When Amelio is ousted, Jobs picks the low-hanging fruit from the projects that Amelio endorsed. The rest is history. In 2011, when Jobs leaves the company to die, Tim Cook assumes the reigns and starts to scale up and optimize the business, a process that has continued since.

 

​If you'd like to share, follow or like this analysis, login first.

As the third stage of natural organization suggests, Tim Cook, a grower, can be expected to expand the company with products and services, such as the iWatch, while balancing the multiple roles involved at deeper and deeper levels.

Apple will likely grow for a few more years until it either saturates the niches that it helps create and/or when disruptive competitive products emerge that it is unable to counter stricken in a web of its own making - see Microsoft.  

HISTORICAL NOTES

Established by Steve Jobs, Apple is rare in that it escapes a breakup and manages to embark on a second cycle of growth.

The first time around, Jobs is succeeded by the then president of PepsiCo - cum marketing executive, John Sculley. Sculley significantly grows the company by scaling up and optimizing the business. Yet, he fails when it comes to product innovation.

When his brainchild, the handheld Newton computer, flops, Sculley is replaced by Michael Spindler who assumes a role as reformer. Spindler confronts Apple’s organizational complexity at the time and tries to purify it. When he fails to do the latter, he is replaced by Gil Amelio.

However short Amelio’s stint at Apple, he fulfills a role as transformer, not just by laying off employees but also by initiating various R&D projects. In need of a new Operating System, Amelio eventually buys NeXt. This brings Steve Jobs, NeXt's founder, back to Apple - as advisor initially.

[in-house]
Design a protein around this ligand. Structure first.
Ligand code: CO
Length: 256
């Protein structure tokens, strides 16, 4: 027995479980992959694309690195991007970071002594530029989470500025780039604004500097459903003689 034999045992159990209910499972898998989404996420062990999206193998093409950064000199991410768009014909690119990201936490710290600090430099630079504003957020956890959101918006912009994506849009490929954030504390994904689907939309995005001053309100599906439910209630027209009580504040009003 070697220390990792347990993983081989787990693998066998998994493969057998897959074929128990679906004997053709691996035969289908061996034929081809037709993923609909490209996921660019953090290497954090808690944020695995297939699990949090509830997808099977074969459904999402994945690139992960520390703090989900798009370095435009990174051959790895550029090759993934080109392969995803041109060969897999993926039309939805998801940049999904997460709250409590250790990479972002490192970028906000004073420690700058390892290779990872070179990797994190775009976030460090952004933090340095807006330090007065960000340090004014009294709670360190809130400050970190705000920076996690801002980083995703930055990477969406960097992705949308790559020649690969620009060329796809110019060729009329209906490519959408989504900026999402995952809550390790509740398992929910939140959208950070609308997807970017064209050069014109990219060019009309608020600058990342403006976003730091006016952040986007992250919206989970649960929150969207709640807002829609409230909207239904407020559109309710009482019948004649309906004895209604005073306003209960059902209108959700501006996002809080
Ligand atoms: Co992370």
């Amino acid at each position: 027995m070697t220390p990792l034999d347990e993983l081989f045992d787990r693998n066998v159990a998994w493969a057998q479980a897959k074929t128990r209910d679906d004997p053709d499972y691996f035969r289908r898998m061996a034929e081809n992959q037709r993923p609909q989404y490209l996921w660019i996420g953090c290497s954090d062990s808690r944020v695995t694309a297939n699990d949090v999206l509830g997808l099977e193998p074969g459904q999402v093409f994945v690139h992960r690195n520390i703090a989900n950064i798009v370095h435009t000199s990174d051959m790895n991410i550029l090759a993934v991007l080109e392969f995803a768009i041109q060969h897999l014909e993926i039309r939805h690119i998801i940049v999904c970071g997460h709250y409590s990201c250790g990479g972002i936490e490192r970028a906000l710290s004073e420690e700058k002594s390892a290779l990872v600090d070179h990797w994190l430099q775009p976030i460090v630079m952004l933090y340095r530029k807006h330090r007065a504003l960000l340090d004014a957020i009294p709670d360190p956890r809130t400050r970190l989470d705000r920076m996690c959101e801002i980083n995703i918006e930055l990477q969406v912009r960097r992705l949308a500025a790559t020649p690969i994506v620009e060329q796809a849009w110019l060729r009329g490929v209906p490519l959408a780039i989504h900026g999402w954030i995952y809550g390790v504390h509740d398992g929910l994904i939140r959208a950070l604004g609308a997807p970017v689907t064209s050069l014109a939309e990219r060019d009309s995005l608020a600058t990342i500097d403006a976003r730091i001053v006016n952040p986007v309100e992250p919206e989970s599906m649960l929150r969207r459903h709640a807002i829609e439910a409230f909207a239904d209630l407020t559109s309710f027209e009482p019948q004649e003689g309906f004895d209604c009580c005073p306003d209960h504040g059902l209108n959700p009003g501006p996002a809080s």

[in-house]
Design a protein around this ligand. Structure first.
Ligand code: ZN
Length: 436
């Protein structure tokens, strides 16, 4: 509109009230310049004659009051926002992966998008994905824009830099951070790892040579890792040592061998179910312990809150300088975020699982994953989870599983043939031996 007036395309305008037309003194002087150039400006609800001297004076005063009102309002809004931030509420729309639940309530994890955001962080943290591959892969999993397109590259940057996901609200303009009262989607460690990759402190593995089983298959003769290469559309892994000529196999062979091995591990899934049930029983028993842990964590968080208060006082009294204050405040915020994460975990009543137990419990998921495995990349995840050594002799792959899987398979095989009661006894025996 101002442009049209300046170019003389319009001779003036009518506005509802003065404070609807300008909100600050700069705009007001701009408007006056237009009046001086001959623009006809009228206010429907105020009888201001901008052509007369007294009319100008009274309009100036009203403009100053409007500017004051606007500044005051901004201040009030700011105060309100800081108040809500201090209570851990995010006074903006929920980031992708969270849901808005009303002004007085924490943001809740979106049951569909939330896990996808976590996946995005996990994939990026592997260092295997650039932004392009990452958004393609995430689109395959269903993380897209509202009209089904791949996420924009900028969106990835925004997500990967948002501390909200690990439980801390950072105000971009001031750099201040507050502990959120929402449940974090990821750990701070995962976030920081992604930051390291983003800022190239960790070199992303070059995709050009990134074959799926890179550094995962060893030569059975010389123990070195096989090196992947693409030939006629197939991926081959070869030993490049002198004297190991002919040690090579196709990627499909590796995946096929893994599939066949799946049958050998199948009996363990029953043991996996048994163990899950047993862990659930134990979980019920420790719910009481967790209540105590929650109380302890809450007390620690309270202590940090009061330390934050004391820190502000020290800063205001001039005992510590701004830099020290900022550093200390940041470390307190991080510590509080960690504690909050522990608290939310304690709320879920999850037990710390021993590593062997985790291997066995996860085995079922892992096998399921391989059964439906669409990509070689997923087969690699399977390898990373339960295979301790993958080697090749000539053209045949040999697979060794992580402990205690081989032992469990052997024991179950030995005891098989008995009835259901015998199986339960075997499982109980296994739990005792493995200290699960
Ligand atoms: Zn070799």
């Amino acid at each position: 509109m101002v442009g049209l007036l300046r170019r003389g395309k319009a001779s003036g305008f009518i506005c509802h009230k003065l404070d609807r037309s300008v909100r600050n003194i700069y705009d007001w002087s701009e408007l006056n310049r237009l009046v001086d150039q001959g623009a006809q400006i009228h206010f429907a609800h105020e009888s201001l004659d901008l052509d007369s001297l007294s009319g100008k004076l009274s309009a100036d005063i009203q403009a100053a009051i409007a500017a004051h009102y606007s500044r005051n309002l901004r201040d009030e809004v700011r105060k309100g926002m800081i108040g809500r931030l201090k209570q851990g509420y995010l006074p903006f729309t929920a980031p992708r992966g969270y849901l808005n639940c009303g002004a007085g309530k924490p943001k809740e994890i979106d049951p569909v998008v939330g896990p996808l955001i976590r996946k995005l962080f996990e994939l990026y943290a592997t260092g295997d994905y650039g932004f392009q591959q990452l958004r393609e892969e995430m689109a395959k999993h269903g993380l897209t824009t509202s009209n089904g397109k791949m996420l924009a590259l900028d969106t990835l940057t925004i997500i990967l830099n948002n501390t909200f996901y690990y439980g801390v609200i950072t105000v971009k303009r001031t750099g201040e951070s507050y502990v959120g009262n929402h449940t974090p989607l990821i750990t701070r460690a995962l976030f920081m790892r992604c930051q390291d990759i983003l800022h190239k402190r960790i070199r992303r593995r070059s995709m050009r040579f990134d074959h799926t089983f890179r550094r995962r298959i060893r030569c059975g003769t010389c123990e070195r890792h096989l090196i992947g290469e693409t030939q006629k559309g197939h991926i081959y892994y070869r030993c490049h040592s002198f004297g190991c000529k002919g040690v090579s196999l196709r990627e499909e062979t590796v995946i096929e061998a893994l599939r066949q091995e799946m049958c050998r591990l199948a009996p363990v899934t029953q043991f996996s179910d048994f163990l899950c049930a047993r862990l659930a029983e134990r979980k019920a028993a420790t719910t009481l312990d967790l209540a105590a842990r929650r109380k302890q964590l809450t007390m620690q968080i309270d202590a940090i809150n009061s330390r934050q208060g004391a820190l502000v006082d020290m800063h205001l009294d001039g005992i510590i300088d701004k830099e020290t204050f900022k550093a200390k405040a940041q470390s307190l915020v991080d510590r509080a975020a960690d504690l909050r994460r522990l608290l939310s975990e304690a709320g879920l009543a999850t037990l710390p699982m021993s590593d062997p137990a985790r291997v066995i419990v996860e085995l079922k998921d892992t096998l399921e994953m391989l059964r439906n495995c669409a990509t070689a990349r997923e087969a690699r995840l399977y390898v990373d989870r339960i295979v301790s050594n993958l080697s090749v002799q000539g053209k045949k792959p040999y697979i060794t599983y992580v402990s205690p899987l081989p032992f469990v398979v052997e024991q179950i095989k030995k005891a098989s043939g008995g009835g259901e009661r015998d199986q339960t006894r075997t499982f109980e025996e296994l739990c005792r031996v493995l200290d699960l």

When Amelio is ousted, Jobs picks the low-hanging fruit from the projects that Amelio endorsed. The rest is history. In 2011, when Jobs leaves the company to die, Tim Cook assumes the reigns and starts to scale up and optimize the business, a process that has continued since.

 

TIMELINE

END OF ANALYSIS

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  • Revenue, GDP, Activity: Uncertain growth
  • Organizational focus: Explore/Discover
  • Main motivating force: Conviction
  • Ideal role of leader: Transformer
  • Source of inspiration: Inside
  • Cohesion trend: Fragmentation
  • Company attractiveness: Sentiment driven
  • Breakup risk:
  • Revenue, GDP, Activity: Rising growth
  • Organizational focus: Innovate/Nurture
  • Main motivating force: Vision
  • Ideal role of leader: Builder
  • Source of inspiration: Outside
  • Cohesion trend: Integration
  • Company attractiveness: Buy/hold
  • Breakup risk:
  • Revenue, GDP, Activity: Stable growth
  • Organizational focus: Scale/Optimize
  • Main motivating force: Culture
  • Ideal role of leader: Grower
  • Source of inspiration: Inside
  • Cohesion trend: Integration
  • Company attractiveness: Buy/hold
  • Breakup risk:
  • Revenue, GDP, Activity: Declining growth
  • Organizational focus: Confront/Purify
  • Main motivating force: Openness
  • Ideal role of leader: Reformer
  • Source of inspiration: Outside
  • Cohesion trend: Fragmentation
  • Company attractiveness: Sentiment driven
  • Breakup risk: Partial or total